Yesterday (May 19), the UK held its first auction of Allowances under the UK Emissions Trading Scheme.
The clearing price was £43.99. This represents a more than threefold increase in the carbon price in the last 12 months.
In choosing to launch UK ETS first, with insufficient funding for transition, the Government loads the costs on to energy intensive industries up front, with the effect that they disinvest from the UK into competitor jurisdictions which already have support mechanisms in place.
It is this investment leakage that is at the heart of concerns about the UK policy and why a more joined up approach from industry, regulators and Government is required to ensure we can grow the UK’s foundation industries at the same time as reaching net zero.
Andrew Large, EIUG Chair, commented on the auction outcome:
“The results of today’s auction reinforce the need for UK Industry, Government and Regulators to work constructively and urgently together to develop and implement policies to combine the achievement of net zero by 2050 with foundation industry growth. A laissez faire policy, with uncontrolled carbon price increases and limited transitional support, will not reduce global emissions and can only lead to the UK importing carbon intense products from countries that do not match the UK’s ambitious carbon reduction targets.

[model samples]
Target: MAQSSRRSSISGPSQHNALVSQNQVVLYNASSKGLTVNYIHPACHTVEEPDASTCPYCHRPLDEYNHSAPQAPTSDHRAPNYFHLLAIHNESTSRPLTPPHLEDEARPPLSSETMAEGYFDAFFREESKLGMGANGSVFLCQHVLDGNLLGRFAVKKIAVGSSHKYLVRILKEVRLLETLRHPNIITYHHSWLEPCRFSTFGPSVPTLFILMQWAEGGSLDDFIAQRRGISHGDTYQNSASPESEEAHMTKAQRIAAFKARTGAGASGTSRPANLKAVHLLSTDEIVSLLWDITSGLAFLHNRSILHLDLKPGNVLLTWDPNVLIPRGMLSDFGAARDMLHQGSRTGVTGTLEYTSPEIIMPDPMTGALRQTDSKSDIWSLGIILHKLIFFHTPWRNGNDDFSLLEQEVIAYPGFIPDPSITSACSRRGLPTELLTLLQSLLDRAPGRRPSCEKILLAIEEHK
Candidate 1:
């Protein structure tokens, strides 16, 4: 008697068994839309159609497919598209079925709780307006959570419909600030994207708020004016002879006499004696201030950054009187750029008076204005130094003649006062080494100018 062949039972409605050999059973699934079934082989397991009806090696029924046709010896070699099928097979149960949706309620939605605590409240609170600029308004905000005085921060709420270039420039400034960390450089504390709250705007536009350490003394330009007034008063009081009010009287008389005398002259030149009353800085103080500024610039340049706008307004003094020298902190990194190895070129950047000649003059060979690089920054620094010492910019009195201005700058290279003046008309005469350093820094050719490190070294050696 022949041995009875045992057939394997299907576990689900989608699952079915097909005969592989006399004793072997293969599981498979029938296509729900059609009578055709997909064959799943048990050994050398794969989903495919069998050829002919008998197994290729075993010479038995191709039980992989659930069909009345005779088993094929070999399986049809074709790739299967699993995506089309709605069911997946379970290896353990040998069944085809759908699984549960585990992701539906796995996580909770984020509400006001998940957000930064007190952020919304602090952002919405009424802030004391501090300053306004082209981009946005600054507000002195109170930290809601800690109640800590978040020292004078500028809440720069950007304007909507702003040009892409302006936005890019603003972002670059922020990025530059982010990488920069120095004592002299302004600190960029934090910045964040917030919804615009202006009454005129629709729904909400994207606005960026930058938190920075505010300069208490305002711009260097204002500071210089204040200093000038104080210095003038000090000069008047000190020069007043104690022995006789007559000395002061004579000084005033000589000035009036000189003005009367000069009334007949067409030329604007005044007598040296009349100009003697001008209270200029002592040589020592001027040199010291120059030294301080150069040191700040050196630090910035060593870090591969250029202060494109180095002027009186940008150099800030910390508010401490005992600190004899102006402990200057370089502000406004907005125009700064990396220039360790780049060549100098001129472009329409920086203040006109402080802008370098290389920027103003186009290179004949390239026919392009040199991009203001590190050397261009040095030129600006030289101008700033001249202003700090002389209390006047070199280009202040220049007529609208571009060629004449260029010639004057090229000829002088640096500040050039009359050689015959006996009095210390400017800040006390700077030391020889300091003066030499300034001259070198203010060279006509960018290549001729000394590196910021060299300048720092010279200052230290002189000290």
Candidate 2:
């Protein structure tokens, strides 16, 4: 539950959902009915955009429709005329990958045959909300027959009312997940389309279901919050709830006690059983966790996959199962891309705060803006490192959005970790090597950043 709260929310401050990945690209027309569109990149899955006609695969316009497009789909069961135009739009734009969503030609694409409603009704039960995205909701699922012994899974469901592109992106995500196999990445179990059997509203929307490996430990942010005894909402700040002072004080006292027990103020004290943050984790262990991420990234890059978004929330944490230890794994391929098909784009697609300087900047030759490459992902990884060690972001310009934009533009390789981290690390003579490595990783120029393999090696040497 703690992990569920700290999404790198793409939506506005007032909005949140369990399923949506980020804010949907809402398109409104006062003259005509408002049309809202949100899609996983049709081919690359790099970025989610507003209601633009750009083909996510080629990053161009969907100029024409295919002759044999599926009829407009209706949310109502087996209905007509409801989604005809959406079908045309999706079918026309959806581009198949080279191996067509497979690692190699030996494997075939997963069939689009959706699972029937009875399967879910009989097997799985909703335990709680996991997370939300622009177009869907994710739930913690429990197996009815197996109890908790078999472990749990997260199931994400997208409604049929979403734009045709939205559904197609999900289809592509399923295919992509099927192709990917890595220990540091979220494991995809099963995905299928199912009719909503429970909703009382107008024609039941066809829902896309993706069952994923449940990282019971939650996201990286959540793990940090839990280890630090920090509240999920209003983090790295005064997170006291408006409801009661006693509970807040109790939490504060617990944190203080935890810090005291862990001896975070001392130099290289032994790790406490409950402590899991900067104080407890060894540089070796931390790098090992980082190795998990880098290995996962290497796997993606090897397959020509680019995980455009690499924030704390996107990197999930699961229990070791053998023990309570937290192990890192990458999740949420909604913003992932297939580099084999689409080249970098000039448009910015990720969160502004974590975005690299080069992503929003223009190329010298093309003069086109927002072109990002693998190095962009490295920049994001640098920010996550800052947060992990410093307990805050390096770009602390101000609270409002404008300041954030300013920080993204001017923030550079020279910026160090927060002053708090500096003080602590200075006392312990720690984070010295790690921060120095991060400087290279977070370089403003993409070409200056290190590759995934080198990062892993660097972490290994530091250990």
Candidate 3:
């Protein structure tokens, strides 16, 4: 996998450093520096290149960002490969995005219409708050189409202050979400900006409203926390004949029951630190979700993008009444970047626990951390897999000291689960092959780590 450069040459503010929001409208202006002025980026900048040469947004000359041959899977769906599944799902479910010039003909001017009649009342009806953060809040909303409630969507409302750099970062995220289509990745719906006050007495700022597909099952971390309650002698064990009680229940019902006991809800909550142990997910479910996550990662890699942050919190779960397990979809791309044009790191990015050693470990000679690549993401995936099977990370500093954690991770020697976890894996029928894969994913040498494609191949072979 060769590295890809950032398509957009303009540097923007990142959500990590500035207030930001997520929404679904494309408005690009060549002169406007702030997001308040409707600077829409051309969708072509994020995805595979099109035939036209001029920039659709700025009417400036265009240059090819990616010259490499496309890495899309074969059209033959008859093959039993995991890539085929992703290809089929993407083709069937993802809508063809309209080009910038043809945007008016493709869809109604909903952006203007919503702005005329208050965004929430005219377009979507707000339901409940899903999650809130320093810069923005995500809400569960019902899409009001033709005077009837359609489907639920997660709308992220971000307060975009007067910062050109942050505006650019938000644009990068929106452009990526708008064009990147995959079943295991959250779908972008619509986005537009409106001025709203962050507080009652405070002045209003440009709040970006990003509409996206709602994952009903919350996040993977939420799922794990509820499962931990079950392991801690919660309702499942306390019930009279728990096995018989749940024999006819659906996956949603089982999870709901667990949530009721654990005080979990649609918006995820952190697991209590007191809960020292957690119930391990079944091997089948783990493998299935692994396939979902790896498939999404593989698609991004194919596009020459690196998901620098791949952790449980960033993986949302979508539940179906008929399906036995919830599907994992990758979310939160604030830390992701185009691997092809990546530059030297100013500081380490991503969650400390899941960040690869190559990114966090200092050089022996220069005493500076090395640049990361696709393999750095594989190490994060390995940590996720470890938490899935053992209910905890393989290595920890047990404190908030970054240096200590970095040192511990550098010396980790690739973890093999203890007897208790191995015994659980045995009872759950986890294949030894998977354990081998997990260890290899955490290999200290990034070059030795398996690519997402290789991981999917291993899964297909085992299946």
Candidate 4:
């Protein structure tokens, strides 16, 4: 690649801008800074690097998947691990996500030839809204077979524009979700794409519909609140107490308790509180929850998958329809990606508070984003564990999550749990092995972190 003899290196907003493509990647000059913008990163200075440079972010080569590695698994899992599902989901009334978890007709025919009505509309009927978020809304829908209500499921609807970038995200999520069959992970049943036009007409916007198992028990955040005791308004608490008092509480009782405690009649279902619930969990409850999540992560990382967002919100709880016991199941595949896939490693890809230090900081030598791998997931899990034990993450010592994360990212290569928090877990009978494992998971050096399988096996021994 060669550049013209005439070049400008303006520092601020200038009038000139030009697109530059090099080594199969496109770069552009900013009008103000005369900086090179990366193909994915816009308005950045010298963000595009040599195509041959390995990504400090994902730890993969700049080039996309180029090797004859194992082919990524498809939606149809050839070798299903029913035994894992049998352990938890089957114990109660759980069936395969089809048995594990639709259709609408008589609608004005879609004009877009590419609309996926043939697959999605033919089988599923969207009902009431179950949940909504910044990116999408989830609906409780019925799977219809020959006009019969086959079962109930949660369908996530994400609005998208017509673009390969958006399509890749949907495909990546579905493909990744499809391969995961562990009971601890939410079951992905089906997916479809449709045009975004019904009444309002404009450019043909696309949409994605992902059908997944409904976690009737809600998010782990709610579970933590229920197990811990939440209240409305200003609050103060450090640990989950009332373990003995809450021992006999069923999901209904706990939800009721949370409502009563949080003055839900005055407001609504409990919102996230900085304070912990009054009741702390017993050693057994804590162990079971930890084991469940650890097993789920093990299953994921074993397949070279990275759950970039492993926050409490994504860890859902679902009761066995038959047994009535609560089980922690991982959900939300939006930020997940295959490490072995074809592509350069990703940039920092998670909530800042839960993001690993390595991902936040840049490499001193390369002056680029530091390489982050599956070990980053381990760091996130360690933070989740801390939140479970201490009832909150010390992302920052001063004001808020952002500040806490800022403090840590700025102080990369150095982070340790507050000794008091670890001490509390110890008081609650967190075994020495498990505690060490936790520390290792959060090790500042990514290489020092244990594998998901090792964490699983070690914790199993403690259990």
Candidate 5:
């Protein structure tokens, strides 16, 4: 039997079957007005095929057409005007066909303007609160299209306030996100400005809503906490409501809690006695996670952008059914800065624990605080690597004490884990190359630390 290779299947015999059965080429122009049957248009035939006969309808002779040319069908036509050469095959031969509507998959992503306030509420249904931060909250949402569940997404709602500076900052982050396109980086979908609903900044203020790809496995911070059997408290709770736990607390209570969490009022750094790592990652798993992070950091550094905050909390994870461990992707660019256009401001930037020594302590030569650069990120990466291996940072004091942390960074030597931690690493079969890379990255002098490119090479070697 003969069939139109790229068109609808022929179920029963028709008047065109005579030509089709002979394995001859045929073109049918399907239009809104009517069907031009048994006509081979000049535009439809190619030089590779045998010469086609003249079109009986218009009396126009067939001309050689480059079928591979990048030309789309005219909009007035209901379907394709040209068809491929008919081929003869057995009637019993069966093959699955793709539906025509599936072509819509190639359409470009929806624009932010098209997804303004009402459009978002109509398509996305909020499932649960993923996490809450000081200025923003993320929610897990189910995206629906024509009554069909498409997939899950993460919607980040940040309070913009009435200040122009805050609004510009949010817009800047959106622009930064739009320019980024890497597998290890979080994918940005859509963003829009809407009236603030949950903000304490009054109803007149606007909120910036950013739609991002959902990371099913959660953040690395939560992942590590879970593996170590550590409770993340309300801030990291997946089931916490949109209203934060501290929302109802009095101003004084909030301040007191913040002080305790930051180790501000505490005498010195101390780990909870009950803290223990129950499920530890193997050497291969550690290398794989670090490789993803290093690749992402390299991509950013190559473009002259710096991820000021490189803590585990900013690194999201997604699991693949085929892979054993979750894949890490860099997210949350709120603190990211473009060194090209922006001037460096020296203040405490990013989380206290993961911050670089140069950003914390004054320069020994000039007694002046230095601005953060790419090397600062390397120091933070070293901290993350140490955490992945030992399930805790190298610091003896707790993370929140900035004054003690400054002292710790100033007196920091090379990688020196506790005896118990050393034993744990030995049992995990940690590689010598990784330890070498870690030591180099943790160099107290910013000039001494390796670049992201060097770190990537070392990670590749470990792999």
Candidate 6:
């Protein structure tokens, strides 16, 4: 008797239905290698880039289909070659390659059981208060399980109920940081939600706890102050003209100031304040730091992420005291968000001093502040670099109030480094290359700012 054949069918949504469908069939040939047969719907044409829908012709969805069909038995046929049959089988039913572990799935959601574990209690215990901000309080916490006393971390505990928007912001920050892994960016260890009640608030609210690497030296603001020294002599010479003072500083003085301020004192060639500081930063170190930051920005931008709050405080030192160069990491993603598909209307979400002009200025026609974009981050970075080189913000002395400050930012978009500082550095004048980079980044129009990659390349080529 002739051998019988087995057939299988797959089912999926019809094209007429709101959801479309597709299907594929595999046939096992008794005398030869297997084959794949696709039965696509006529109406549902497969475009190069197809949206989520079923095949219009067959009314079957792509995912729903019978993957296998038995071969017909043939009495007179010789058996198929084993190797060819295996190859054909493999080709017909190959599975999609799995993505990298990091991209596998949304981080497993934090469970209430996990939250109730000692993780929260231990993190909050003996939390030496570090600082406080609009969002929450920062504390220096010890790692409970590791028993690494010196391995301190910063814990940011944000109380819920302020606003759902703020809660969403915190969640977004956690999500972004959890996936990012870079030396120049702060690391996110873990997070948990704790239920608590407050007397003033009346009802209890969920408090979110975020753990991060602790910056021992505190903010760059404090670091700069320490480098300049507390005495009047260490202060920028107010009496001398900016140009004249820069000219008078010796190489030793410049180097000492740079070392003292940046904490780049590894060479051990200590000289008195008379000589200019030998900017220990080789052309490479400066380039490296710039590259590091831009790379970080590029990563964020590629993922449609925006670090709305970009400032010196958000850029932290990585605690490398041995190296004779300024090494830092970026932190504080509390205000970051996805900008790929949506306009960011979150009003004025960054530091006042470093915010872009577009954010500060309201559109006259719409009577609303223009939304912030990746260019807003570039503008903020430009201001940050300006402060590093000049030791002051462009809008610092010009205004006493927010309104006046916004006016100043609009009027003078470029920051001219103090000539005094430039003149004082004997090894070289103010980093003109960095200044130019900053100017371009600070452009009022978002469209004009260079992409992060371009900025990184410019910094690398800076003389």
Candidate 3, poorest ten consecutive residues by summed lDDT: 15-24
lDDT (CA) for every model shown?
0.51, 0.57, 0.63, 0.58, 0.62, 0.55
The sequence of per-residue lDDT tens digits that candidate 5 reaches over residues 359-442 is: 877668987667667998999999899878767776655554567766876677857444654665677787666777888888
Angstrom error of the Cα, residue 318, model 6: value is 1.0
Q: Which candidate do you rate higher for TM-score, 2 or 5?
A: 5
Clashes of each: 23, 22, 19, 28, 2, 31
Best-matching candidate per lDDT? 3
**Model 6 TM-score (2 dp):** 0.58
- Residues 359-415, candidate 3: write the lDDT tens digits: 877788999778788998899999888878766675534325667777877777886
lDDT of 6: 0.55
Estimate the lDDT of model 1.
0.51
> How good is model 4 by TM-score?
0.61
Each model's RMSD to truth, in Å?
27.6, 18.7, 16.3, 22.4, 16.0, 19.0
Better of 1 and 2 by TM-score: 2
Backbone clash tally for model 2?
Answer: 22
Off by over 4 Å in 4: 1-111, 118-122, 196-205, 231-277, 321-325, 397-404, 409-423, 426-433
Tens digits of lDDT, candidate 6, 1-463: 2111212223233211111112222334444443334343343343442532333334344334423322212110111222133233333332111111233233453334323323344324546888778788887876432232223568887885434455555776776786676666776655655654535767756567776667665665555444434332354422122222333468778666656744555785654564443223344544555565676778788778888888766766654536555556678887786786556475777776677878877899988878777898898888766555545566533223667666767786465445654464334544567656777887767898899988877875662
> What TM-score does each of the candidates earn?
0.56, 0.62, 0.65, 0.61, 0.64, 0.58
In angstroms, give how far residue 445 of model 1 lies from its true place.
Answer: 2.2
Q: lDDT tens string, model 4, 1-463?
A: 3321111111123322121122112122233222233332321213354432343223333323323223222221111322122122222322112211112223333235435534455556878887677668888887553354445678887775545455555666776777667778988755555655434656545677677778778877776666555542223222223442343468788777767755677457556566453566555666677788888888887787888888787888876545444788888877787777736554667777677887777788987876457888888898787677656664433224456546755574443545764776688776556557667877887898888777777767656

It is unacceptable for any Government to acquiesce in the closure of UK foundation industries in the name of carbon emissions reduction only to make the UK economy dependent on imported materials, and for the UK to have no control over the carbon emissions embedded in those products.
EIUG looks forward to working with BEIS and Ofgem to deliver against the net zero challenge and make UK foundation industries globally competitive for the long term.
The Energy Intensive Users Group (EIUG) represents the UK’s energy intensive foundation industries including manufacturers of steel, chemicals, paper, glass, cement, lime, ceramics and industrial gases.
Our members produce materials which are essential inputs to UK manufacturing supply chains. This includes materials which support climate solutions in the energy, transport, construction, agriculture and household sectors. We make an annual contribution of £15bn to UK GDP, supporting 200,000 jobs directly and 800,000 jobs indirectly.
However, as foundation industries, we are both energy and trade intensive. We are also largely internationally owned. If we are to compete in the global markets in which we operate and remain located and investing in the UK, we need access to secure, internationally competitive energy supplies.
The UK’s Energy Intensive Industries (EIIs) want to decarbonise and work with the government to help them achieve their decarbonisation targets and to help reduce global carbon emissions. The EIUG believes that this can be achieved without forcing UK industry to leave.